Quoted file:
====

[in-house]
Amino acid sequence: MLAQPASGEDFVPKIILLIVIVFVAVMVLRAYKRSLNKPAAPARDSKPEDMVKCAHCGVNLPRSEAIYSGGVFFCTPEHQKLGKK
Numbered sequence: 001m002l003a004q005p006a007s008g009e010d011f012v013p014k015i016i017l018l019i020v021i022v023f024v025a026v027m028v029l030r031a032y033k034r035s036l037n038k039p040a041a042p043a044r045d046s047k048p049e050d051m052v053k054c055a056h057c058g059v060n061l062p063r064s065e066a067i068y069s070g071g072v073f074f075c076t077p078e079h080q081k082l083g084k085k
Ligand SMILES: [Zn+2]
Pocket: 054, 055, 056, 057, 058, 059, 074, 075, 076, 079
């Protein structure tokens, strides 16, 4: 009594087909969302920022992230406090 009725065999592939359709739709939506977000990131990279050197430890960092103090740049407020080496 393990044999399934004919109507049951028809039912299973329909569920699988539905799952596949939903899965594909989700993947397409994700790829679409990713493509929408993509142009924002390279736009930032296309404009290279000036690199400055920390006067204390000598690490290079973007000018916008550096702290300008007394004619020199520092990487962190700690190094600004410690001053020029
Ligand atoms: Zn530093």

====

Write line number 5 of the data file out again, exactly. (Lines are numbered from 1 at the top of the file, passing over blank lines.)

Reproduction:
Pocket: 054, 055, 056, 057, 058, 059, 074, 075, 076, 079